Anonymous said...

The problems with the magazine were bigger than the design anyway. The whole concept was 2nd rate. It was predicated on the idea that the readers were incompetent in every sphere of life. And the advice was not "fresh" (the word that the magazine kept promising it was). I mean c'mon, do we really need yet another recipe for basic run-of-the mill lasagna?
Not to mention that the whole thing was so... Caucasion. Really, it should have been called "Whiteprint."

beachbungalow8 said...

oh god. you're brilliant and spot on. that's EXACTLY the issue.

but still and yet, the visual design was not fresh and not fluid.

the 'quirky' factor was just too obvious.

Anonymous said...

Yeah! For a magazine that was supposed to be "fresh" and "young" and full of "energy," why pick such meticulous, scrolly, fussy type?

I think the magazine succeeded the most when they gave up any pretense of appealing to "young" readers and instead just defaulted to "Martha Stewart Living" food-porn mode: instense, ultra-crisp close-ups of vegetables in vintage dinnerware, etc.

Anonymous said...

the reason this magazine failed is because creative director eric pike is an untalented hack. the name "blueprint" was decided before any mockups were created and a sans serif title read far to masculine for a MS Shelter title -- thus the crazy ass font that martha picked out herself. further, there were far too many objectives that ever cover had to accomplish, that made it a mess.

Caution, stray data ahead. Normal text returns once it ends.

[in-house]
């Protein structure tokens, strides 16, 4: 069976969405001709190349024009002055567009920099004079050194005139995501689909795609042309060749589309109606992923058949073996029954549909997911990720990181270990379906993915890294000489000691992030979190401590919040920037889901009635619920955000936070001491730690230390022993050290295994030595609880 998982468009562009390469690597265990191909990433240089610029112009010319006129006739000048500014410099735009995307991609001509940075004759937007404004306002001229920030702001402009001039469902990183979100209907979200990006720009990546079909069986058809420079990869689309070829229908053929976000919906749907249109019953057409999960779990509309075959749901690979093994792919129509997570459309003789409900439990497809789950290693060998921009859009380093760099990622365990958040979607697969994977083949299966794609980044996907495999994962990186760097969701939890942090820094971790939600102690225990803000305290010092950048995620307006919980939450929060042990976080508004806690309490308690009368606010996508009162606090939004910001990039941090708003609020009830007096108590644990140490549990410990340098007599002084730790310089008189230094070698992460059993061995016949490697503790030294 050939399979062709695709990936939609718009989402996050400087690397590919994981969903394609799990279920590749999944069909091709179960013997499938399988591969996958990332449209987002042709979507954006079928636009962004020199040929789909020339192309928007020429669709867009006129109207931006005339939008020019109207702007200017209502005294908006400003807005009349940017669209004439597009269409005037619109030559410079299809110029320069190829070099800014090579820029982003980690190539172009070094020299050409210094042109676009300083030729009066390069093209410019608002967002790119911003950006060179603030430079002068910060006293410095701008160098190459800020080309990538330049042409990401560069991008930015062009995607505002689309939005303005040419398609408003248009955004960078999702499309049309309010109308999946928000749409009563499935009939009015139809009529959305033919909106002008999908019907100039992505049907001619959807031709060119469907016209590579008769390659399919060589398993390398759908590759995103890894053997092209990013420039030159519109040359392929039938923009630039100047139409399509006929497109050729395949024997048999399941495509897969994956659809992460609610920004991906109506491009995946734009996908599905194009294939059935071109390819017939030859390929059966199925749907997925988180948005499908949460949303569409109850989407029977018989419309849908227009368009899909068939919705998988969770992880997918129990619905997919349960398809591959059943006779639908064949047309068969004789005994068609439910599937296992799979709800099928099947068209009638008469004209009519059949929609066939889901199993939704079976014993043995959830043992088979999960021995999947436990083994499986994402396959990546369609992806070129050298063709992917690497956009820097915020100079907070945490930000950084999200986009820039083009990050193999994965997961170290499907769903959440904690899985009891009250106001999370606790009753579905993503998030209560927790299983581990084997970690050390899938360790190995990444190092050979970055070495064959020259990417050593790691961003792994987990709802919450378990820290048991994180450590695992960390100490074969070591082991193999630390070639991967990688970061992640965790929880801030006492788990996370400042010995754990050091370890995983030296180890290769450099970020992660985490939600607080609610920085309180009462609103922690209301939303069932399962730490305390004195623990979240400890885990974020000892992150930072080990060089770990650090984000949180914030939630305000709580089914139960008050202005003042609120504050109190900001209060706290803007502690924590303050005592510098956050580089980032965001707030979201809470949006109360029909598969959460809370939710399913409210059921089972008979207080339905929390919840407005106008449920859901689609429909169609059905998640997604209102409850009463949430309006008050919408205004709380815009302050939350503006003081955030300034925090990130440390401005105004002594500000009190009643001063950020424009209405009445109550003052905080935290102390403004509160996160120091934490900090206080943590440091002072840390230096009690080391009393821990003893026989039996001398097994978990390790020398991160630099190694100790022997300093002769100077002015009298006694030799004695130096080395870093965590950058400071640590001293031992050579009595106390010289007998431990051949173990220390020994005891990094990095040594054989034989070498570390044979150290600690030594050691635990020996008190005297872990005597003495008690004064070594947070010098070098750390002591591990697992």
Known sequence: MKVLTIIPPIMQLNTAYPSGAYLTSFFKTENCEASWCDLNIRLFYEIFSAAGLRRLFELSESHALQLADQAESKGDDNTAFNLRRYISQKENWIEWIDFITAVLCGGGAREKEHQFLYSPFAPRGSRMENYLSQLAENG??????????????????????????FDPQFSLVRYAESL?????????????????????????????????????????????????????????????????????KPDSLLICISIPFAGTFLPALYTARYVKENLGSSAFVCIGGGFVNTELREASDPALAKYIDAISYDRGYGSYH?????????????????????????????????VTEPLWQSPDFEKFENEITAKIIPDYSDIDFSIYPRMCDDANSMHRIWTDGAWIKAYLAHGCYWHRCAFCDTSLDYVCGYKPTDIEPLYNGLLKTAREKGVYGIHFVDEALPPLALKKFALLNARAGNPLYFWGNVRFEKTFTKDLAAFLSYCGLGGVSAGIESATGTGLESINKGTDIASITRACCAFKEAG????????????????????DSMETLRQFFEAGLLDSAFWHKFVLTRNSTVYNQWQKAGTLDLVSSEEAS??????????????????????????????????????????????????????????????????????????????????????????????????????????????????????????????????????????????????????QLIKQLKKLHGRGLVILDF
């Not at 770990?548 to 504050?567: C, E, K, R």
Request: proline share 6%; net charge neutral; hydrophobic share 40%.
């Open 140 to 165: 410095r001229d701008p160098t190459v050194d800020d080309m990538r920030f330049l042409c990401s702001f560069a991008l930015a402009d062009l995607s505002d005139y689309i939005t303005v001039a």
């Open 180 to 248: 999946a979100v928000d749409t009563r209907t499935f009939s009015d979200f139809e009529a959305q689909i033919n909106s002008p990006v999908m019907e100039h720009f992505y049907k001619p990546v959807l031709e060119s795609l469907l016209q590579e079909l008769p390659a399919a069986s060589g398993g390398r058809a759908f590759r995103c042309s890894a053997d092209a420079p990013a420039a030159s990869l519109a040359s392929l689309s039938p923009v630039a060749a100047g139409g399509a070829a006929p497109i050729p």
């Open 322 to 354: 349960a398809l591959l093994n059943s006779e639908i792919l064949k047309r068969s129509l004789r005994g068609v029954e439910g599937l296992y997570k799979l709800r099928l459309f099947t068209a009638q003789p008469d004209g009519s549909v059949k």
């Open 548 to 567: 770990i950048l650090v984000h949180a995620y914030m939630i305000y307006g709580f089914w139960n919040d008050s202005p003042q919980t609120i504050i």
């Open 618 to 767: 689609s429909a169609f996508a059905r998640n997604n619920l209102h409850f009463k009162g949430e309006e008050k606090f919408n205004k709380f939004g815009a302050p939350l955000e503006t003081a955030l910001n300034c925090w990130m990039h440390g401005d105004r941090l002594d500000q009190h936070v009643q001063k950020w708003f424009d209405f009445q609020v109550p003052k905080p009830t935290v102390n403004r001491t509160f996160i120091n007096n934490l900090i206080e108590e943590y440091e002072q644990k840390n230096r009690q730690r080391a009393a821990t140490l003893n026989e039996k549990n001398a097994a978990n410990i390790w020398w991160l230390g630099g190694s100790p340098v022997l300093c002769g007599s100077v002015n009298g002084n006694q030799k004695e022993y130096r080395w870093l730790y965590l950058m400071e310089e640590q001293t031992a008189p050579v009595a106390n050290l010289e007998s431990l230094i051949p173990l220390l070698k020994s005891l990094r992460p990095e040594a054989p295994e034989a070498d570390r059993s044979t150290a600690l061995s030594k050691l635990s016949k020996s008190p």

and I'm not deb's mom...just a pal. and she's an excellent person who will admit more problems with the magazine than anyone on this blog.

Anonymous said...

Of the four magazines Martha Stewart now publishes, all of them--
--Living
--Everyday Food
--Weddings
--body & soul
have logos with sans-serif fonts.
They may not be "shelter" magazines, but they are all clearly intended for largely female readerships. So I don't understand why Martha allowed these magazines to have "masculine"-type logos, but not Blueprint.
In any case, you're dead right that the Blueprint logo font was "crazy ass." Not only was it "feminine," it just reads "old," like the logo for "Maiden Aunt Today."